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Discussion Starter · #1 ·
Hi All-

I would like to know if anyone is using a C02 system with a ph regulator. Is this a good or bad way to control ph in a planted tank..I just started with planted tanks and would like opinions both pro and con..Thanks so much
 

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Hi chipster55,

You just opened the "big can of worms"! You will find several threads on APC on the pros verses cons of PH controllers. If you are just starting out, keep is simple; Light, DIY CO2, inert substrate like gravel, basic fertilizers. As you get more advanced, you will be able to make your own decision! My plants and fish are doing great, no PH controller here!
 

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"Would like some opinions"....:confused:

Nope, I don't think you're going to find any here. Just kidding...what I meant to say is that you won't find any two alike...so sit back relax and pick the one you like best, because Seattle said, you opened a can of worms.
 

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Discussion Starter · #4 ·
So by your responses I guess some swear by it and others despise it...I'm having a conversation on another forum with a guy (who seems very knowledgable) that says they are no good because of the C02 coming off and on..I just came across info (just getting into planted tanks) about drop checkers..Do these 3 things work together or would i be better off leaving the ph meter out and just using the DC..
 

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My advice is to stay away. Aside from their maintenance (calibration with pH solutions), the possibility of them overinjecting CO2 and killing your animals outweighs any slight convenience they offer.
 

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Discussion Starter · #6 ·
After doing a search on APC on this subject I see there are no right or wrong answers...Actually it was very interesting (and sometime humorus) reading. I guess I should have done a search on this before asking..Thanks for your input..
 

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my 2 cents. I have found using a pH MONITOR and watching the pH (and using the pH/kh chart) works just fine. Don't have a drop checker. Been doing this for years with no problems whatsoever.
 

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Hi chipster55,

After several months of DIY CO2, and seeing the excellent plant growth results, I eventually went to a pressurized CO2 system with tank, regulator, and needle valve. For a reactor, I feed the CO2 in through the input of the HOB filter. I use a drop checker with a 4dH indicator solution to verify approximate CO2 levels. Not fancy, but it works! Got the 5# aluminum tank and 2 gauge regulator off of Craigslist for $85. I have seen complete CO2 setups with bubble counters, solenoids and PH controllers on Craigslist for under $120. Hope this helps!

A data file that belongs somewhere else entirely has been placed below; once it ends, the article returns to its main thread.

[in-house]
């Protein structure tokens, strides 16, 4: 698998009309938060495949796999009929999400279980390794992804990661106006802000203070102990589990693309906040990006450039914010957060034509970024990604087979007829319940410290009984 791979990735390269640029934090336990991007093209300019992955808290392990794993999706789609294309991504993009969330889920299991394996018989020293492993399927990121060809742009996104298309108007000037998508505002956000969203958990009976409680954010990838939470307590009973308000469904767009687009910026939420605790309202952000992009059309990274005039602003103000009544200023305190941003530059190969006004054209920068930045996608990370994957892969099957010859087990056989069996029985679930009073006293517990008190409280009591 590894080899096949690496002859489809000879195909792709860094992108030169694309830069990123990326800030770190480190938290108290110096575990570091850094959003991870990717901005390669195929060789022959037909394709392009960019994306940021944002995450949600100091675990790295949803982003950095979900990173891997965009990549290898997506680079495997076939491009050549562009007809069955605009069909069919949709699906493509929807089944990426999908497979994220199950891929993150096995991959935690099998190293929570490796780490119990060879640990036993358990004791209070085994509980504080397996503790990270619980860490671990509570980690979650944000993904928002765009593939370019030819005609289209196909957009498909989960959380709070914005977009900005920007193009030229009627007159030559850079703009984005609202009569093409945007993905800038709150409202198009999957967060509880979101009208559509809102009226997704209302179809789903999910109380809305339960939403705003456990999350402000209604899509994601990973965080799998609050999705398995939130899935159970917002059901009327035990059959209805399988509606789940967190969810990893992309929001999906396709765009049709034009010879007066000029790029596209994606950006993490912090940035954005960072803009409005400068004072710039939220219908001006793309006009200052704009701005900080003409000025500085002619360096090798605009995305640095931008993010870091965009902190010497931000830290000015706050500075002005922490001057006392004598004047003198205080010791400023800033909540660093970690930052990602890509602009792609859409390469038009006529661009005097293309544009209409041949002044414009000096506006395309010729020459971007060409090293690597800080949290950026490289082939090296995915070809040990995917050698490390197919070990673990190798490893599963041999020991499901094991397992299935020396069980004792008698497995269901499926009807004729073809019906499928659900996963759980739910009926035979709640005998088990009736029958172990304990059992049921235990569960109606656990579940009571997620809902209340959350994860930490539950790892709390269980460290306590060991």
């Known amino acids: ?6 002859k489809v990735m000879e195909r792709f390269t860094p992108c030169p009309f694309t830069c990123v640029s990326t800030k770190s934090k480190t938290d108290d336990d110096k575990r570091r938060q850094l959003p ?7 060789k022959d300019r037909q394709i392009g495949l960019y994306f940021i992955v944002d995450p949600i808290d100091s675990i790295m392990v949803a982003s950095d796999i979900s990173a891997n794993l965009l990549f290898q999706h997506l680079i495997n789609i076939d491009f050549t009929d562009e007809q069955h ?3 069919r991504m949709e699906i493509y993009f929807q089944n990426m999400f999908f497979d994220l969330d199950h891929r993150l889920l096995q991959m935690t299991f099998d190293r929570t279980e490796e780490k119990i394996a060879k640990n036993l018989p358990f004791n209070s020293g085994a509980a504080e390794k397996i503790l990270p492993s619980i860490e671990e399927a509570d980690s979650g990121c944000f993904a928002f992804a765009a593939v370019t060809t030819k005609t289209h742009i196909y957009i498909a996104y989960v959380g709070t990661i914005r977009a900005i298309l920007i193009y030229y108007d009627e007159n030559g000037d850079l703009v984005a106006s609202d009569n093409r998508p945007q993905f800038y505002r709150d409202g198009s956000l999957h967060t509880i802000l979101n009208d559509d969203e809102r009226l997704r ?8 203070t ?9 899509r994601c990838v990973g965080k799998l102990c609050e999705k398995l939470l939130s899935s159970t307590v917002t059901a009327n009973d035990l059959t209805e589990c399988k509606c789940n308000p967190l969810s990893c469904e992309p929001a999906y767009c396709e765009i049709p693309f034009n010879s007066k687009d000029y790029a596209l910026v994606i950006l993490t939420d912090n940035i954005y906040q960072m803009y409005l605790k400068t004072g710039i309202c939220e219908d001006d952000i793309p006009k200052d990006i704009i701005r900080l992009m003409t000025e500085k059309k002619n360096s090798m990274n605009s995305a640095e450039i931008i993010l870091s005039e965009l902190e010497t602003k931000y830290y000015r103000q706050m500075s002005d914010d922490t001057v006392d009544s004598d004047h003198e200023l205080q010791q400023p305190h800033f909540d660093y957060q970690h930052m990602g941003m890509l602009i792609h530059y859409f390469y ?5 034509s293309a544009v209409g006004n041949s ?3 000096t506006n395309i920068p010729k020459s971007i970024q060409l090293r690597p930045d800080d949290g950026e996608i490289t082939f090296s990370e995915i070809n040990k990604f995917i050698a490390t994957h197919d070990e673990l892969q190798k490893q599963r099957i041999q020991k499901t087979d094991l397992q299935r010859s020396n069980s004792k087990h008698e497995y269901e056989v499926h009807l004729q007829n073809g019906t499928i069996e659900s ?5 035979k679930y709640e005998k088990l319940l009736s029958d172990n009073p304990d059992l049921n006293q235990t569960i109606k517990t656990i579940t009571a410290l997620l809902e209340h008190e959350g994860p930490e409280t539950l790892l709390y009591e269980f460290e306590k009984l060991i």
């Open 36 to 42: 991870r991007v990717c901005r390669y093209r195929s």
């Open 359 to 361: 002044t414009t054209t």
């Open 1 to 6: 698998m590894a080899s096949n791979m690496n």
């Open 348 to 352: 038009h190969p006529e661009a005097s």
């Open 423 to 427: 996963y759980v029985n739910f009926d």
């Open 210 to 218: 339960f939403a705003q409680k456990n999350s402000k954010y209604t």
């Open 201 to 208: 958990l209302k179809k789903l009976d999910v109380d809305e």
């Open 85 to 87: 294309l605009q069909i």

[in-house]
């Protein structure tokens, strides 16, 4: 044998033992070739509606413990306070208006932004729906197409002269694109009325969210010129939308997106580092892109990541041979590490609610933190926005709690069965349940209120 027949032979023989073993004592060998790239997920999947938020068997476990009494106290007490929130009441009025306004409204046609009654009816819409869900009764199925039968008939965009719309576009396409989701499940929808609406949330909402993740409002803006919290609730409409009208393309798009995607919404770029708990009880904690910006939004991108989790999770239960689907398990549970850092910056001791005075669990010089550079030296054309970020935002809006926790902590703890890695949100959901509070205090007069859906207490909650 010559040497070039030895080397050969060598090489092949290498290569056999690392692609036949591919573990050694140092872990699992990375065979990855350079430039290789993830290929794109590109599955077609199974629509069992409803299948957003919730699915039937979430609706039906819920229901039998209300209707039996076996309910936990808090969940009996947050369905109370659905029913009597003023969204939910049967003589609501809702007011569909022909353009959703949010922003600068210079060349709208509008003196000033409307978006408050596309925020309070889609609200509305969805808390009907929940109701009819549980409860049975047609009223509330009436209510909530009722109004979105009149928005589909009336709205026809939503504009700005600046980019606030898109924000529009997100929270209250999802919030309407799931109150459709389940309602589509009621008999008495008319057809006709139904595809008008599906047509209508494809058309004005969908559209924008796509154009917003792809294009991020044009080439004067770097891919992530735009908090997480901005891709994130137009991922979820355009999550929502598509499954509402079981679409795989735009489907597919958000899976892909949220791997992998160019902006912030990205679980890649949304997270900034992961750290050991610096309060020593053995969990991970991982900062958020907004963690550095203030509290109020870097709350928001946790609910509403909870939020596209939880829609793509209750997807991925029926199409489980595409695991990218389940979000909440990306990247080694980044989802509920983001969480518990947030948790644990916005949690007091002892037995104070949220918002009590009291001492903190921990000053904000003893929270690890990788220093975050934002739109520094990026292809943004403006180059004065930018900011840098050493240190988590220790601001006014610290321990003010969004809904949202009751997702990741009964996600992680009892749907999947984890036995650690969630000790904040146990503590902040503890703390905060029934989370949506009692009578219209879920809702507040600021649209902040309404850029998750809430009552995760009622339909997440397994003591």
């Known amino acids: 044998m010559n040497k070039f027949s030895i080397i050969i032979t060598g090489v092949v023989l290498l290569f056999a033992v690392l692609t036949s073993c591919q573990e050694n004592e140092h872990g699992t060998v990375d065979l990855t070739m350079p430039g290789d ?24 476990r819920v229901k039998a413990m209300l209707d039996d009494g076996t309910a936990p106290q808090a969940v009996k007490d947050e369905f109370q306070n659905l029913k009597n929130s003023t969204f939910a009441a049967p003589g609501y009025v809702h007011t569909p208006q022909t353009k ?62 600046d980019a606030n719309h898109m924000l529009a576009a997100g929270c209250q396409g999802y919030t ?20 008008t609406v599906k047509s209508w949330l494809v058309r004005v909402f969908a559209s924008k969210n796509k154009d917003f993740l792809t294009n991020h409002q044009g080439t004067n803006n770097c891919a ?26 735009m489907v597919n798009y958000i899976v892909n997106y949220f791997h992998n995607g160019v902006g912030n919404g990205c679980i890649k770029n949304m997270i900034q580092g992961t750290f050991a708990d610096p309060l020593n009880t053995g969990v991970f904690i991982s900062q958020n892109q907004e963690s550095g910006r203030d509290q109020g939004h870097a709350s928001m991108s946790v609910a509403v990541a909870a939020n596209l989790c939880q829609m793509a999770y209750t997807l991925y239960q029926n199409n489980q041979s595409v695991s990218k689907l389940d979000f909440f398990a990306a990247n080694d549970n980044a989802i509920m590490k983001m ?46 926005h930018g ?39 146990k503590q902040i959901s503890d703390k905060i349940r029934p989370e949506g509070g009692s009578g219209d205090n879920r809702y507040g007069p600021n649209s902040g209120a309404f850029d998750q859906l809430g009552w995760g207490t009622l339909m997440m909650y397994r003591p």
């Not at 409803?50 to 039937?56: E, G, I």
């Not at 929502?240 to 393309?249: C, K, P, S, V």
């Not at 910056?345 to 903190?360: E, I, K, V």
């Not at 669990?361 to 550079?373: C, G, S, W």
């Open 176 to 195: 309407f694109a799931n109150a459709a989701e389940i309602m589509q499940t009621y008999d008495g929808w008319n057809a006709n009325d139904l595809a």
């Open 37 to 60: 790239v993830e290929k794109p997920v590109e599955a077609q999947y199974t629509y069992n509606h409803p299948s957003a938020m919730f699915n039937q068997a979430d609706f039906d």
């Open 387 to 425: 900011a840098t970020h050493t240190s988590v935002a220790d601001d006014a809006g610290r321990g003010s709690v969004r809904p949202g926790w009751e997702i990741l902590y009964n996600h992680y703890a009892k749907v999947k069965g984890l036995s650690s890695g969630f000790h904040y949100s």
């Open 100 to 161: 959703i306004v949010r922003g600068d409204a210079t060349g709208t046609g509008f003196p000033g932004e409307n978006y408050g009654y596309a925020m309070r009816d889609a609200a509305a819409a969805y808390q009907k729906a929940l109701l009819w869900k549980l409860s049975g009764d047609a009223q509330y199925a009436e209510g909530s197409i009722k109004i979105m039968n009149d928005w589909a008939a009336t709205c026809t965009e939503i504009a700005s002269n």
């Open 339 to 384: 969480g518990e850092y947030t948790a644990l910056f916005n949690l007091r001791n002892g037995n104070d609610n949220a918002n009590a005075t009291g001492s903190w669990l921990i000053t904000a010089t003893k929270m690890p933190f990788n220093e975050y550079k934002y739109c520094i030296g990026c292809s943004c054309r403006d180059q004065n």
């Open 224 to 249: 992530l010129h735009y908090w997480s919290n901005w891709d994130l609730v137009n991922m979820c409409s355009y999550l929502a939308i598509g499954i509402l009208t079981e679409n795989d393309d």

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I don't use a monitor nor a DC. I had a DC at one time but took it out to clean the glass and never got around to putting it back.
 

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Discussion Starter · #10 ·
Thanks for your opinions..I am going with the Green Leaf Aquarium choice C02 system. I also am getting the CAL AQUA "Oracle" Drop Checker. Orlando (green Leaf Aquarium) is great to work with. As I am new to the planted aquariums this seems to be an easy way for me to learn the system of aqua-scaping.. I have been busy the last few nights reading others opinions of the ph meter vs dropchecker vs just watch your fish..All of these have valid points...I feel at this point that this seems to be the best way to go for me...Besides Orlando is very helpful with an questions I have. I am still open to any suggestions anyone would have concerning this set-up..
 

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My advice is to stay away. Aside from their maintenance (calibration with pH solutions), the possibility of them overinjecting CO2 and killing your animals outweighs any slight convenience they offer.
What possibiltiy is that actually? Is it a possibility or a probability?

pH controllers aren't required by any means. The downside is the maintenance and cost. The upside, assuming proper use, is that it safely regulates co2, allowing you to maximize your co2 without waste. I've done it both ways, in fact, I still do it both ways. However, I prefer the controller because of how easy it is to set, and how relaxed I feel knowing there is something there watching over my tank.

I would definitely put it in the future convinience pile of things to purchase, not in the requirement pile
 

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Discussion Starter · #12 ·
What possibiltiy is that actually? Is it a possibility or a probability?